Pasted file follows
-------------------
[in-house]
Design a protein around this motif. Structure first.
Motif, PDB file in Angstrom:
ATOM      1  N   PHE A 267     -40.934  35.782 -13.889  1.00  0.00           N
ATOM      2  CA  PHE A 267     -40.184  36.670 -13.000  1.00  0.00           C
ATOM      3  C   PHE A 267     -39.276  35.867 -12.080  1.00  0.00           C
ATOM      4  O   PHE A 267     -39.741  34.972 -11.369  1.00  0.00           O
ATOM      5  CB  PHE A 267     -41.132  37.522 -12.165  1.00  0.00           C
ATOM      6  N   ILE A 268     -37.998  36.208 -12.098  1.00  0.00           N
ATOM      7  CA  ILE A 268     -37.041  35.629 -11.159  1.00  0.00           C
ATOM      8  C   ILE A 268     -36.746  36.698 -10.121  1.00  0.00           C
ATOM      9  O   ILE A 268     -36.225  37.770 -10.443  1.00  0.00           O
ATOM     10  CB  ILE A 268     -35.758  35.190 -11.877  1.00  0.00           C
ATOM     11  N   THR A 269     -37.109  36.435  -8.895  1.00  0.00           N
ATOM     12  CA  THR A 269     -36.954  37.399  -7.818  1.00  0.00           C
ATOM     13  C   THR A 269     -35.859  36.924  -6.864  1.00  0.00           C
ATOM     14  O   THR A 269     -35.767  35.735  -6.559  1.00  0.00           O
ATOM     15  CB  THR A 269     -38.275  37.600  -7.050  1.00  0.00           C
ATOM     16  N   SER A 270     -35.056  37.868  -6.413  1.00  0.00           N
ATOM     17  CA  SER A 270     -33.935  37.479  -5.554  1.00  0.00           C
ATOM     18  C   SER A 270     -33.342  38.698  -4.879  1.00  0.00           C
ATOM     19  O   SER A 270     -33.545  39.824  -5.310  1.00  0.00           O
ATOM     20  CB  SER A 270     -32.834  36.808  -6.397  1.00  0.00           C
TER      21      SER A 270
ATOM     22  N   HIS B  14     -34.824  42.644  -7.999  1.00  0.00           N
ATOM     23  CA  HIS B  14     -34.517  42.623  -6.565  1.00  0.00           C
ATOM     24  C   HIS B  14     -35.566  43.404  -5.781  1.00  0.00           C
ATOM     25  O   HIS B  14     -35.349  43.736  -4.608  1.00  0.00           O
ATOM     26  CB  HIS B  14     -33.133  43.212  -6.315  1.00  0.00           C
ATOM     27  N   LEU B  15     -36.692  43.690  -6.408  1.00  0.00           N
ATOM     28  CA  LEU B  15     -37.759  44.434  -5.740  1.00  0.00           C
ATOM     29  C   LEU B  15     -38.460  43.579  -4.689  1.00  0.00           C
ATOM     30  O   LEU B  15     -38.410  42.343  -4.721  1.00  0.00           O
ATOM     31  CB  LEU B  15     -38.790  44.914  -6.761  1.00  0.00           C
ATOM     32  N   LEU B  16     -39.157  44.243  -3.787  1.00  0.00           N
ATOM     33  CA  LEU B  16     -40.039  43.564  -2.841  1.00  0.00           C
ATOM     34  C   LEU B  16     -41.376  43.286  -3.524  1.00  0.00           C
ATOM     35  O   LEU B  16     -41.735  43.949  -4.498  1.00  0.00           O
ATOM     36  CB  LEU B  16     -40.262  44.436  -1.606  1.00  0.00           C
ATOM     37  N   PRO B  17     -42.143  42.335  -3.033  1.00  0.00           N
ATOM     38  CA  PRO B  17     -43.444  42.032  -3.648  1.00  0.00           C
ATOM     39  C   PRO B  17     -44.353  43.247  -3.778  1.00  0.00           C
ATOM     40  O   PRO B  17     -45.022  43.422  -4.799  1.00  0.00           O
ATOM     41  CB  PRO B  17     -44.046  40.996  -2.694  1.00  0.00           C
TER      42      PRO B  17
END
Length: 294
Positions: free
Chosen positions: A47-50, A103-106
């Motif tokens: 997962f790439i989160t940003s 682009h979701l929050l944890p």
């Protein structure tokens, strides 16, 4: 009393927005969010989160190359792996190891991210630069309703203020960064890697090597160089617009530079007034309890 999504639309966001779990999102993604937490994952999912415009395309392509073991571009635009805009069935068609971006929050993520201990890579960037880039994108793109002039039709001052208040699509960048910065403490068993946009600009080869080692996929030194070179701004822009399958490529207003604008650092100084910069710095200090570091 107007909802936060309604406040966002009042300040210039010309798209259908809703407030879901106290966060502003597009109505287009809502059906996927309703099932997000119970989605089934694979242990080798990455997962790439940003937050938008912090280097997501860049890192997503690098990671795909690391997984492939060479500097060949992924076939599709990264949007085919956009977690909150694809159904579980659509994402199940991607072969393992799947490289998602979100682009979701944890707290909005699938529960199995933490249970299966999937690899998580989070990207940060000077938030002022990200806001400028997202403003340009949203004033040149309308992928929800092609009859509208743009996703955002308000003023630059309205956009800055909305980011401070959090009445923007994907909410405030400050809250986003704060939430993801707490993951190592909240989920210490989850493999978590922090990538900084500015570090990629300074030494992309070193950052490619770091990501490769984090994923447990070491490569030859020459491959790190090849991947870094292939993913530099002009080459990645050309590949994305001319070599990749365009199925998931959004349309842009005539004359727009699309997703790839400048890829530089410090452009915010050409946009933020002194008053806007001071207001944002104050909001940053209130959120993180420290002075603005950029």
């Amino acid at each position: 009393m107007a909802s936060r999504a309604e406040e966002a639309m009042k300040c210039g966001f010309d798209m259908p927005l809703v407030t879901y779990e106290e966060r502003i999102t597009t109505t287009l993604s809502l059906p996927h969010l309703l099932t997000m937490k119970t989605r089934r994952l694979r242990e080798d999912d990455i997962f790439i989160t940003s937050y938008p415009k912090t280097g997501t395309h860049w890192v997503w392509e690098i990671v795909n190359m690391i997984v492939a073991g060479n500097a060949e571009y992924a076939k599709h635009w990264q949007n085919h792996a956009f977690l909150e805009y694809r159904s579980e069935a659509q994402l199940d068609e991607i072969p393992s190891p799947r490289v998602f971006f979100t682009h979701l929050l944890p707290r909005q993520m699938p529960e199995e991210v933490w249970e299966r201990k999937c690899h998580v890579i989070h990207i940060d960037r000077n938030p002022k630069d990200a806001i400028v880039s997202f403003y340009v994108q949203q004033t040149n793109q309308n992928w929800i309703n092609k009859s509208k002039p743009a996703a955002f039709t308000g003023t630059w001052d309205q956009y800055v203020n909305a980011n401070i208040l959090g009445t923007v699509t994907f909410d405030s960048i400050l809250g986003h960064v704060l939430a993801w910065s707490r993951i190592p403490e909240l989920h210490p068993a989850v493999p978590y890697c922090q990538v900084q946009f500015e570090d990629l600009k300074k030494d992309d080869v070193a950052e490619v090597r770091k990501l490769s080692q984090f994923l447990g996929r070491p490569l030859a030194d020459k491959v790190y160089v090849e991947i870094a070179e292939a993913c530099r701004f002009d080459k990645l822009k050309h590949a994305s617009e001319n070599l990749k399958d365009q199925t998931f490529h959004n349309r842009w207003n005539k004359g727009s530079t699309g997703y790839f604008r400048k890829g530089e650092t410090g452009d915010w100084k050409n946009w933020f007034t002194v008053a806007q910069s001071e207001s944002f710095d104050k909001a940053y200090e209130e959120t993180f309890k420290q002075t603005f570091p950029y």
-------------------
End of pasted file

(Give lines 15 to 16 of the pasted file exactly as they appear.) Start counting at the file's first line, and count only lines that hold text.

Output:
ATOM     12  CA  THR A 269     -36.954  37.399  -7.818  1.00  0.00           C
ATOM     13  C   THR A 269     -35.859  36.924  -6.864  1.00  0.00           C